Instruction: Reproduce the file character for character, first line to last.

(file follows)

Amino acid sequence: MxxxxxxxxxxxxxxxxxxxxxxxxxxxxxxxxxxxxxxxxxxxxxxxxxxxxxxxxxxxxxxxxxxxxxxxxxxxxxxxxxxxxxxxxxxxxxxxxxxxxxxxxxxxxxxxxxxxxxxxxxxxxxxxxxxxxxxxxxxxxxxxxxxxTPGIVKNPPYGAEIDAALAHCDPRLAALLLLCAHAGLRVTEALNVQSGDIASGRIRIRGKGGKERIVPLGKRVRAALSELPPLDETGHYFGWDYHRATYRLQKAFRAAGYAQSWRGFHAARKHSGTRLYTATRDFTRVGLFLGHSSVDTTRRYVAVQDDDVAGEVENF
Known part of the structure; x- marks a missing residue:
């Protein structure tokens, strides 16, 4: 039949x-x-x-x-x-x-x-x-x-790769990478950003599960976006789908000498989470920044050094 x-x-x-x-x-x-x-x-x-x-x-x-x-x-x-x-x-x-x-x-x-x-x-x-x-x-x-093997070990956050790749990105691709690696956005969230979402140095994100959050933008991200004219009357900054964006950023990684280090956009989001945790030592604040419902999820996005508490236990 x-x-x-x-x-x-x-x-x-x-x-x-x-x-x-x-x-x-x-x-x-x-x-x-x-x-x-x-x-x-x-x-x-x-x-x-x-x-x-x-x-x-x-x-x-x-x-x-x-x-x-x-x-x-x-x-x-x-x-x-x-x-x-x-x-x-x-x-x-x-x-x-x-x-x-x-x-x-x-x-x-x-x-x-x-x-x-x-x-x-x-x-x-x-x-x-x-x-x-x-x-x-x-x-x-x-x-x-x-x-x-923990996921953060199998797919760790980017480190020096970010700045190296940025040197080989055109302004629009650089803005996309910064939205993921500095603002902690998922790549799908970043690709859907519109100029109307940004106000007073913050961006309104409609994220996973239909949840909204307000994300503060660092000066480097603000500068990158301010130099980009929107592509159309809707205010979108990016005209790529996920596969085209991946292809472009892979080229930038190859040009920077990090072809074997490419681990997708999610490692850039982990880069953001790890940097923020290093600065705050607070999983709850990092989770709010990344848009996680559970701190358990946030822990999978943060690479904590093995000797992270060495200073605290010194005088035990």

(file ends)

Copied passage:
Amino acid sequence: MxxxxxxxxxxxxxxxxxxxxxxxxxxxxxxxxxxxxxxxxxxxxxxxxxxxxxxxxxxxxxxxxxxxxxxxxxxxxxxxxxxxxxxxxxxxxxxxxxxxxxxxxxxxxxxxxxxxxxxxxxxxxxxxxxxxxxxxxxxxxxxxxxxxTPGIVKNPPYGAEIDAALAHCDPRLAALLLLCAHAGLRVTEALNVQSGDIASGRIRIRGKGGKERIVPLGKRVRAALSELPPLDETGHYFGWDYHRATYRLQKAFRAAGYAQSWRGFHAARKHSGTRLYTATRDFTRVGLFLGHSSVDTTRRYVAVQDDDVAGEVENF
Known part of the structure; x- marks a missing residue:
């Protein structure tokens, strides 16, 4: 039949x-x-x-x-x-x-x-x-x-790769990478950003599960976006789908000498989470920044050094 x-x-x-x-x-x-x-x-x-x-x-x-x-x-x-x-x-x-x-x-x-x-x-x-x-x-x-093997070990956050790749990105691709690696956005969230979402140095994100959050933008991200004219009357900054964006950023990684280090956009989001945790030592604040419902999820996005508490236990 x-x-x-x-x-x-x-x-x-x-x-x-x-x-x-x-x-x-x-x-x-x-x-x-x-x-x-x-x-x-x-x-x-x-x-x-x-x-x-x-x-x-x-x-x-x-x-x-x-x-x-x-x-x-x-x-x-x-x-x-x-x-x-x-x-x-x-x-x-x-x-x-x-x-x-x-x-x-x-x-x-x-x-x-x-x-x-x-x-x-x-x-x-x-x-x-x-x-x-x-x-x-x-x-x-x-x-x-x-x-x-923990996921953060199998797919760790980017480190020096970010700045190296940025040197080989055109302004629009650089803005996309910064939205993921500095603002902690998922790549799908970043690709859907519109100029109307940004106000007073913050961006309104409609994220996973239909949840909204307000994300503060660092000066480097603000500068990158301010130099980009929107592509159309809707205010979108990016005209790529996920596969085209991946292809472009892979080229930038190859040009920077990090072809074997490419681990997708999610490692850039982990880069953001790890940097923020290093600065705050607070999983709850990092989770709010990344848009996680559970701190358990946030822990999978943060690479904590093995000797992270060495200073605290010194005088035990």